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Ancient and Biblical Damascus

As you walk the streets of Damascus (or ‘the city of Jasmine’), it is not hard to accept that it is “the oldest continuously inhabited city in the world”. Indeed, parts of it trace back to 8000 BC.

Over the millennia, Damascus has evolved layer-by-layer — building up with each foreign occupier. During the 2nd millennium BC, early settlers chose this 680m-high plateau to be the capital of what was the Umayyad Caliphate region. Then the Greeks and Aramaeans staked their foundations besides the Ghouta oasis before the Romans arrived. But when they did, they upstaged everyone with seven-gated city ramparts. Today, only the eastern gate of Bab Sharqi remains, while most of its Roman and other foundations lay buried 3-to-5m beneath the sandstone.

At the Medhat Pasha Souk you will experience the most intoxicating market hubbub on what’s left of the 1,500m Roman thoroughfare, the Street Called Straight of St. Paul. It is claimed that there are more than 2,000 mosques in Damascus, with the Umayyad Mosque (715 AD)  thought to be the oldest place of continuous prayer since the rise of Islam. It is certainly one of the world’s largest Mosques, containing a shrine of the remains of St. John the Baptist. Also in the grounds is the mausoleum of Saladin.

Palmyra; taken by the desert

In 1678 two English merchants rediscovered the Roman-named city of Palmyra. The sand-entombed oasis city was ‘five days journey from civilization’. Since then, tourists, surveyors and archaeologists have journeyed to this ‘Bride of the Desert’.

Palmyra is one of the world’s most extraordinary historical sites consisting of colonnades, temples and limestone monuments. The settlement was founded in the 2nd Century BC, was originally named Tadmor, and became a vitally important caravan stop for travellers and traders crossing the Syrian desert. The huge temple of Ba’al is said to be the most important religious building of the 1st century AD in the Middle East. Of the same period, Palmyra’s theatre has nine rows of seating remaining from its original twelve.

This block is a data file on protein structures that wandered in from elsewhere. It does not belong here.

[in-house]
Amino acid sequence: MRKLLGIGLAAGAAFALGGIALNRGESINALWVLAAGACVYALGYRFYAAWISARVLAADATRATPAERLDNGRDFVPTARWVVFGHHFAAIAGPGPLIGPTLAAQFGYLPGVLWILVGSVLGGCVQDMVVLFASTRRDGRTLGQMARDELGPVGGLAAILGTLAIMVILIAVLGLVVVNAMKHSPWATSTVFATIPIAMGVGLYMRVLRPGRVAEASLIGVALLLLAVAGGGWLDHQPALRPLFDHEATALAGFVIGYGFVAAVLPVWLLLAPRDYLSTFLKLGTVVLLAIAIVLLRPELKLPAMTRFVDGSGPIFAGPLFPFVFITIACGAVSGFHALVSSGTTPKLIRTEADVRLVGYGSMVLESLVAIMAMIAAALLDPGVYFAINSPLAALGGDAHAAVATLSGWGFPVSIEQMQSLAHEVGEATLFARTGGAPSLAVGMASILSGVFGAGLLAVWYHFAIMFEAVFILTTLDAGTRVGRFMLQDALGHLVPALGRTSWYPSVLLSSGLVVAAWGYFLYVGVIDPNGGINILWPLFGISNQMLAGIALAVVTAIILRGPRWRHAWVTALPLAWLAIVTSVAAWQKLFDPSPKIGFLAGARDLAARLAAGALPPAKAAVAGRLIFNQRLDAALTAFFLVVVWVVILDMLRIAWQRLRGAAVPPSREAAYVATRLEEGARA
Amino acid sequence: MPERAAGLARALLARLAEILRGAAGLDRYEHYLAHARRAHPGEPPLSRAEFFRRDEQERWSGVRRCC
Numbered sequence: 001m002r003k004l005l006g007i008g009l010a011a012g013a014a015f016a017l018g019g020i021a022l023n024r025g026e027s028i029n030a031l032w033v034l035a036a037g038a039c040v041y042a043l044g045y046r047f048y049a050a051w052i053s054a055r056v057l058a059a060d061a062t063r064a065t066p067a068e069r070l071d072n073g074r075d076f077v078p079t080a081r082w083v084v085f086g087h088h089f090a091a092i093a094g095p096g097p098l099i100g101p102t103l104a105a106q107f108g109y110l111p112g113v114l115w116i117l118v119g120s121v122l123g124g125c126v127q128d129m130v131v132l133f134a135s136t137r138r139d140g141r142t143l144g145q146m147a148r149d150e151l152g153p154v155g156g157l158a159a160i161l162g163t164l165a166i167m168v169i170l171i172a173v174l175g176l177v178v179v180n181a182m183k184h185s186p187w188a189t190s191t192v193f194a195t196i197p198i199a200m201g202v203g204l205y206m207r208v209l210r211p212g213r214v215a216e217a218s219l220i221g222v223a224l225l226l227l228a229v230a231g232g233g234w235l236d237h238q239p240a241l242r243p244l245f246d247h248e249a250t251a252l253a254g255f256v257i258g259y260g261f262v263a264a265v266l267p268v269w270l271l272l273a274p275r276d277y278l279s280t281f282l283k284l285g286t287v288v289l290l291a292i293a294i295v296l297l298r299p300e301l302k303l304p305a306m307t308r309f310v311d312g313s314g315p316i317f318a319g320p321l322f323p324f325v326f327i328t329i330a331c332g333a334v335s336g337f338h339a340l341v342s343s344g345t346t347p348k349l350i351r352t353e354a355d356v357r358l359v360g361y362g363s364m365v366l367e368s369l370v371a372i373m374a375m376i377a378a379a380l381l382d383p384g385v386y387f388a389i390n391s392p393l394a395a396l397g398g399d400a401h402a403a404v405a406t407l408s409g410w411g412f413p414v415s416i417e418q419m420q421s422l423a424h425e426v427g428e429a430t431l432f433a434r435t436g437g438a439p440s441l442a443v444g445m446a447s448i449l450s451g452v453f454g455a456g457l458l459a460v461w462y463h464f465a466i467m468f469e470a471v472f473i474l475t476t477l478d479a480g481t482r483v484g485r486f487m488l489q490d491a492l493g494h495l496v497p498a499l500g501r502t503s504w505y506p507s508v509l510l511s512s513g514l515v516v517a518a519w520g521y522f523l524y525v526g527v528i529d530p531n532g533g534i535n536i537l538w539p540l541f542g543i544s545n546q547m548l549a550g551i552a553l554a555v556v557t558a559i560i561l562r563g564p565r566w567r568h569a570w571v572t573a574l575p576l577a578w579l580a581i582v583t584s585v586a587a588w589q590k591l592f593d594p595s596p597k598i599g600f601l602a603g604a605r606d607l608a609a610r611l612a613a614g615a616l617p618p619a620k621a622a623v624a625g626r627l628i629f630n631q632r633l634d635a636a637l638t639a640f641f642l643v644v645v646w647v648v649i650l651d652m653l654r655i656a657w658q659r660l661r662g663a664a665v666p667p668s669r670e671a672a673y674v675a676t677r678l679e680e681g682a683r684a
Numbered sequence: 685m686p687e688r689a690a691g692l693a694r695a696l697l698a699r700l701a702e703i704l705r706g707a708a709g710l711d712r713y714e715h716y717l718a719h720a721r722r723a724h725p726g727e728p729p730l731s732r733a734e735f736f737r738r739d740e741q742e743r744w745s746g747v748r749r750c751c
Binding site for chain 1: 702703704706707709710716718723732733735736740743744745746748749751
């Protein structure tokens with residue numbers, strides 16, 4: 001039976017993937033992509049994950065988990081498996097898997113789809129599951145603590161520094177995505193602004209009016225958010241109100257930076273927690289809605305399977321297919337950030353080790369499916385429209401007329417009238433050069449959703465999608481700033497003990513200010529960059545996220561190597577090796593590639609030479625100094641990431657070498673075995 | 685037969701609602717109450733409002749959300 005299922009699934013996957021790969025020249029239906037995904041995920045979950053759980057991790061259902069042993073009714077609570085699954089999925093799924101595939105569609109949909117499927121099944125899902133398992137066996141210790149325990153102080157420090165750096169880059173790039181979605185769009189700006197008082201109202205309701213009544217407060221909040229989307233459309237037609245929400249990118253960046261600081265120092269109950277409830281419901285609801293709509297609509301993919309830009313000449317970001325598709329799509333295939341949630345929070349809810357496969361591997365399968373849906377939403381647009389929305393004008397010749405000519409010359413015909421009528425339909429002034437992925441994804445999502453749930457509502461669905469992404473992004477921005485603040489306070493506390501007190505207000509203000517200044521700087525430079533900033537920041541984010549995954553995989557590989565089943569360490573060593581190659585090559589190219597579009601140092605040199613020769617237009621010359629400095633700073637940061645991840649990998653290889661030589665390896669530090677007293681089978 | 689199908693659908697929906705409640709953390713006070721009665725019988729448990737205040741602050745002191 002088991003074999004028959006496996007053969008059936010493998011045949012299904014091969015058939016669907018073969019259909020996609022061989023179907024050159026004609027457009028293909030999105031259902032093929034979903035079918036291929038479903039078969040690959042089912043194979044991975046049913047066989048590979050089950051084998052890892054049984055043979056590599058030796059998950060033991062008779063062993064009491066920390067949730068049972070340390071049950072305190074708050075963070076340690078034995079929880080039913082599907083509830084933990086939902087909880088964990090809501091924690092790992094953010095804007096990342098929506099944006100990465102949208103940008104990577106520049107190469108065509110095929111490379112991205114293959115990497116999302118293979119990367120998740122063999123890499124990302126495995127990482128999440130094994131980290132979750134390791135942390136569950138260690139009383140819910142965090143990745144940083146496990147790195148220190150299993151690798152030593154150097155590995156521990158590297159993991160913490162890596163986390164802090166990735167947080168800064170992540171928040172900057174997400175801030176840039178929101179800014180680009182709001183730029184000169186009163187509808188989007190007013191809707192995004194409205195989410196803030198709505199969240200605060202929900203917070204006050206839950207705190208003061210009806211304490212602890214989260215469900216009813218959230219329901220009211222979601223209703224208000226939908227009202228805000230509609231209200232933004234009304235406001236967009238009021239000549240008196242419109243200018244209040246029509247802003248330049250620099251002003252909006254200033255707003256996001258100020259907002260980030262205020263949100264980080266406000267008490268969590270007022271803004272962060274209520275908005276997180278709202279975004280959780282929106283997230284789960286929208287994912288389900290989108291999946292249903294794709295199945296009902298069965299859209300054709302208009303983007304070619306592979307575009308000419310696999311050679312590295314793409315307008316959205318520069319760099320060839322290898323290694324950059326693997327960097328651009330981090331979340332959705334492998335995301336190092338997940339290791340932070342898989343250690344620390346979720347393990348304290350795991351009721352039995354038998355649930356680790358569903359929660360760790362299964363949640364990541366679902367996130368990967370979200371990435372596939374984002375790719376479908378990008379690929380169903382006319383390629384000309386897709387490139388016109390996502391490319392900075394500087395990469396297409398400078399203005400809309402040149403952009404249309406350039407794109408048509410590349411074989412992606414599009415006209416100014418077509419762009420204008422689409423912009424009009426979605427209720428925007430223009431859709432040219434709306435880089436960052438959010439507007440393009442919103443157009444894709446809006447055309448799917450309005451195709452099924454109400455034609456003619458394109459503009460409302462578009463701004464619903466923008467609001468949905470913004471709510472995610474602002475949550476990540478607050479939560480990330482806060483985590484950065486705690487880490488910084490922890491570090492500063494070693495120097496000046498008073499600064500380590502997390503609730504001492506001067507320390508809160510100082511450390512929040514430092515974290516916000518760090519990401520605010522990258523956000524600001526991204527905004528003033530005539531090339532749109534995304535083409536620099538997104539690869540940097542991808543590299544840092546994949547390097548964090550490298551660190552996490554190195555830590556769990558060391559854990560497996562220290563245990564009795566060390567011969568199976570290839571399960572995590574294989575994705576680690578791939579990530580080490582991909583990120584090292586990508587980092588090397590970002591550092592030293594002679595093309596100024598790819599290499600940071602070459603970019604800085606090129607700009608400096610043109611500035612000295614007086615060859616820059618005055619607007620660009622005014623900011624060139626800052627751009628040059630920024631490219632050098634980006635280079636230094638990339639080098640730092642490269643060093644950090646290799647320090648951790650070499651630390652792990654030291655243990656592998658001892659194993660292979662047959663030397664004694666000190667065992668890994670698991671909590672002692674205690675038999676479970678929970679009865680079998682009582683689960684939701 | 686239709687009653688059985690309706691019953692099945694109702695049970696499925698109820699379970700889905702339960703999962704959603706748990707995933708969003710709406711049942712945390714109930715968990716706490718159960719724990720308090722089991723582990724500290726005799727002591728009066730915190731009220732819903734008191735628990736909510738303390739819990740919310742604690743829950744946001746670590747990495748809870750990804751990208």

During the 1st and early 2nd centuries, the Romans came and renamed their newfound oasis Palmyra (City of Palms). During the reign of Emperor Tiberius (14 –37 AD), Palmyra was assimilated into the Roman province of Syria. It grew in importance as a trade route and linked China, India and Persia to the Roman Empire. In 129, Emperor Hadrian visited the city and declared it to be Palmyra Hadriana. It became one of the wealthiest cities of the Near East. The Palmyrenes lived alongside Rome without being ‘Romanised’ — they simply pretended to be Romans.

Over the millennia however, Palmyra declined as a city. Finally, in 273, after years of fighting for control of the area, the Roman Emperor Aurelian finally restored Roman control and Palmyra was besieged and sacked. It was never to recover to its former glory. Then Khaled ibn al-Walid’s Muslim Arab army seized Palmyra in 634, and its population considerably diminished.

During the Crusades in 1132, the Burids fortified the Temple of Ba’al where only villagers thrived. What was left was further distressed by the Ottomans; reduced to an oasis village with a small garrison. The once great city endured earthquakes and was blanketed by sandstorms. As the 16th century dawned, Palmyra lay buried and abandoned.

The Roman Theatre City of Bosra

The UNESCO World Heritage Site of Bosra was, at its most populous, a city of 80,000 inhabitants. Today it stands planted atop blackened basalt lava from extinct volcanoes. Its earliest settlement was marked in records from the 14th century BC, although our earliest tangible evidence dates from the 4th century BC’s Byzantinian and Arabic basalt. According to the Book of Genesis, the Amalekites lived here. They are thought to have descended from Amalek, the son of Eliphaz and his wife — a Horite woman.

In the 2nd century BC, Canaanite hordes — the Nabataeans — took Bosra. By 71 BC it was the capital of the Nabatean Kingdom. Then the Romans conquered and named it Nova Trajana Bostra. With this came huge prestige, and the city became the trading capital of the entire Arabia Petraea. By 106 AD, ‘Bostra’ was resplendent with porticoes, public baths, an imposing citadel and a magnificent theatre. In the 7th century, the Byzantines — Sassanid Persians — grasped this desirable place. Finally, in 634, the Battle of Bosra brought Islam to the city as Rashidun Caliphates reigned supreme.

Today, Roman, Byzantine and Muslim eras are recorded in Bosra’s black basalt-built Nabatean and Roman ruins. Mosques, churches and madrasahs (places of education) are among the astoundingly preserved structures. The Al-Omari Mosque is one of Islam’s oldest surviving mosques. It was founded by Caliph Umar, leader of the Muslim conquest of Syria and completed in 721.

The Ayyubids — a Muslim dynasty of Kurdish origin — renovated and extended the Al-Omari Mosque in the 12th and 13th centuries — notably, they also fortified the Roman theatre and baths. Consequently, the 2nd century Roman theatre is the best preserved and most complete in the Middle East - its upper-gallery covered porticos attest to this. Accommodating up to 15,000 spectators, it was linked to the city’s ‘circus’ centre by a colonnaded street.

During centuries of neglect, desert storms filled most of the theatre’s voids with protective sand. Digging it out was a massive undertaking; this and other restoration absorbed the years between 1947 and 1970. Today it’s an exciting venue for actors and musicians, and it is proud host to the annual Bosra Festival.